Brasilia Espresso Machine PID Upgrade Brews Prefect Cup of Energy

Coffee, making and hacking addictions are just bound to get out of control. So did [Rhys Goodwin’s] coffee maker hack. What started as a little restoration project of a second-hand coffee machine resulted in a complete upgrade to state of the art coffee brewing technology.

coffee_hack_arduinoThe Brasilia Lady comes with a 300 ml brass boiler, a pump and four buttons for power, coffee, hot water and steam. A 3-way AC solenoid valve, wired directly to the buttons, selects one of the three functions, while a temperamental bimetal switch keeps the boiler roughly between almost there and way too hot.

To reduce the temperature swing, [Rhys] decided to add a PID control loop, and on the way, an OLED display, too. He designed a little shield for the Arduino Nano, that interfaces with the present hardware through solid state relays. Two thermocouples measure the temperature of the boiler and group head while a thermal cut-off fuse protects the machine from overheating in case of a malfunction.

Also, the Lady’s makeup received a complete overhaul, starting with a fresh powder coating. A sealed enclosure along with a polished top panel for the OLED display were machined from aluminum. [Rhys] also added an external water tank that is connected to the machine through shiny, custom lathed tube fittings. Before the water enters the boiler, it passes through a custom preheater, to avoid cold water from entering the boiler directly. Not only does the result look fantastic, it also offers a lot more control over the temperature and the amount of water extracted, resulting in a perfect brew every time. Enjoy [Rhys’s] video where he explains his build:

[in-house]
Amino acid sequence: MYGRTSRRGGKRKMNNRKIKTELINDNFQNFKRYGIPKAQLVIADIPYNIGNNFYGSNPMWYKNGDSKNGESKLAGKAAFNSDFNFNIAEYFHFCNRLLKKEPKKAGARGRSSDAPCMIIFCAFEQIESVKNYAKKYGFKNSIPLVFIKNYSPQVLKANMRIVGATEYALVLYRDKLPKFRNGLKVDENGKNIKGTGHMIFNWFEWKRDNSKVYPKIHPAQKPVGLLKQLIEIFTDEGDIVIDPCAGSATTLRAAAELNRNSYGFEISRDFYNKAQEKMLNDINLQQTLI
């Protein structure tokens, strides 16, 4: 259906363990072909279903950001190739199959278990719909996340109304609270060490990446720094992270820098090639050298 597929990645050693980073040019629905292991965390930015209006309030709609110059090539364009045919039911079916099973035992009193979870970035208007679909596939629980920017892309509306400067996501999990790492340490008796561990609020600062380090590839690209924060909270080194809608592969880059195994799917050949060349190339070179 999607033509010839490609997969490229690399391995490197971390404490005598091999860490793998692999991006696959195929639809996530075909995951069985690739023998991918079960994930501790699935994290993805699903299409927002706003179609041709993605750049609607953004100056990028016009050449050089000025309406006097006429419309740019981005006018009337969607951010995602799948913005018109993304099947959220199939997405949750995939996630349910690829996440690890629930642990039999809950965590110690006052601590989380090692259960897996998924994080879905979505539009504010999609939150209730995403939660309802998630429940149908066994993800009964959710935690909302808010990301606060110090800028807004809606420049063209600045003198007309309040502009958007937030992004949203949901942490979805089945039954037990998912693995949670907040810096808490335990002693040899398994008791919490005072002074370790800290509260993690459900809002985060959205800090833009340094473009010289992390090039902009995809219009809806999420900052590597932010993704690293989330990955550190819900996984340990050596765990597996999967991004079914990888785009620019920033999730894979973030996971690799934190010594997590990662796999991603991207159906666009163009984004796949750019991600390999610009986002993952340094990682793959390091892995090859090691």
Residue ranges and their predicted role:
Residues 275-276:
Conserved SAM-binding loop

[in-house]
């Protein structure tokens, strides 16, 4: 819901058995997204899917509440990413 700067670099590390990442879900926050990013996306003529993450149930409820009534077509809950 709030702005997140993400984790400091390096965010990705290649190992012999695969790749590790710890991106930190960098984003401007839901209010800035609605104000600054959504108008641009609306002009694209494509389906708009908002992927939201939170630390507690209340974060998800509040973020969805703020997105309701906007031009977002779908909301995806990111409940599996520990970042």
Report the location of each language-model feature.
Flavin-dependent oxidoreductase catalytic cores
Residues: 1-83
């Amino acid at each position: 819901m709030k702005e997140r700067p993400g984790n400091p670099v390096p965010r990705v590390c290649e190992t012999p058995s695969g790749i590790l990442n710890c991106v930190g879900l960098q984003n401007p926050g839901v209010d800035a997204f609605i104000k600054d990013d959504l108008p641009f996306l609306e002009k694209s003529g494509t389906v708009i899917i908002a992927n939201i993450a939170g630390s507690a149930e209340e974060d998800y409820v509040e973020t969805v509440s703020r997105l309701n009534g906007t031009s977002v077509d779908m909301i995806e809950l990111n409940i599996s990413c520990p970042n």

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Reverse Engineering the McDonald’s French Fry

McDonald’s is serious about their fries. When they were forced by shifting public opinion (drunkenly swaggering around as it always does) to switch from their beef tallow and cottonseed oil mixture to a vegetable oil mixture; they spent millions to find a solution that retained the taste. How they make the fries is not the worlds most closely guarded secret, but they do have a unique flavor, texture, and appearance which is a product of lots of large scale industrial processes. [J. Kenji López-Alt] decided to reverse engineer the process.

His first problem was of procurement. He could easily buy cooked fries, but he needed the frozen fries from McDonald’s to begin his reverse engineering. McDonald’s refused to sell him uncooked fries, “They just don’t do that,” one employee informed him. He reached out to his audience, and one of them had access to a charlatan. The mountebank made quick work of the McDonald’s employees and soon [J. Kenji] had a few bags of the frozen potato slivers to work with.

What follows next was both entertaining and informative. At one point he actually brought out a Starrett dial caliper to measure the fries; they were 0.25in squares in cross section. Lots of research and experimentation was done to get that texture. For example, McDonald’s fries aren’t just frozen raw potatoes. They are, in fact; blanched, flash fried, frozen and then fried again. Getting this process right was a challenge, but he arrived at similar fries by employing his sous vide cooker.

He then wanted to see if he could come up with a french fry recipe that not only allowed the home chef to make their own McDonald’s fries, but improve on them as well. It gets into some food chemistry here. For example he found that the same effect as blanching could be produced by boiling the fries; if you added vinegar to keep the cell walls from disintegrating.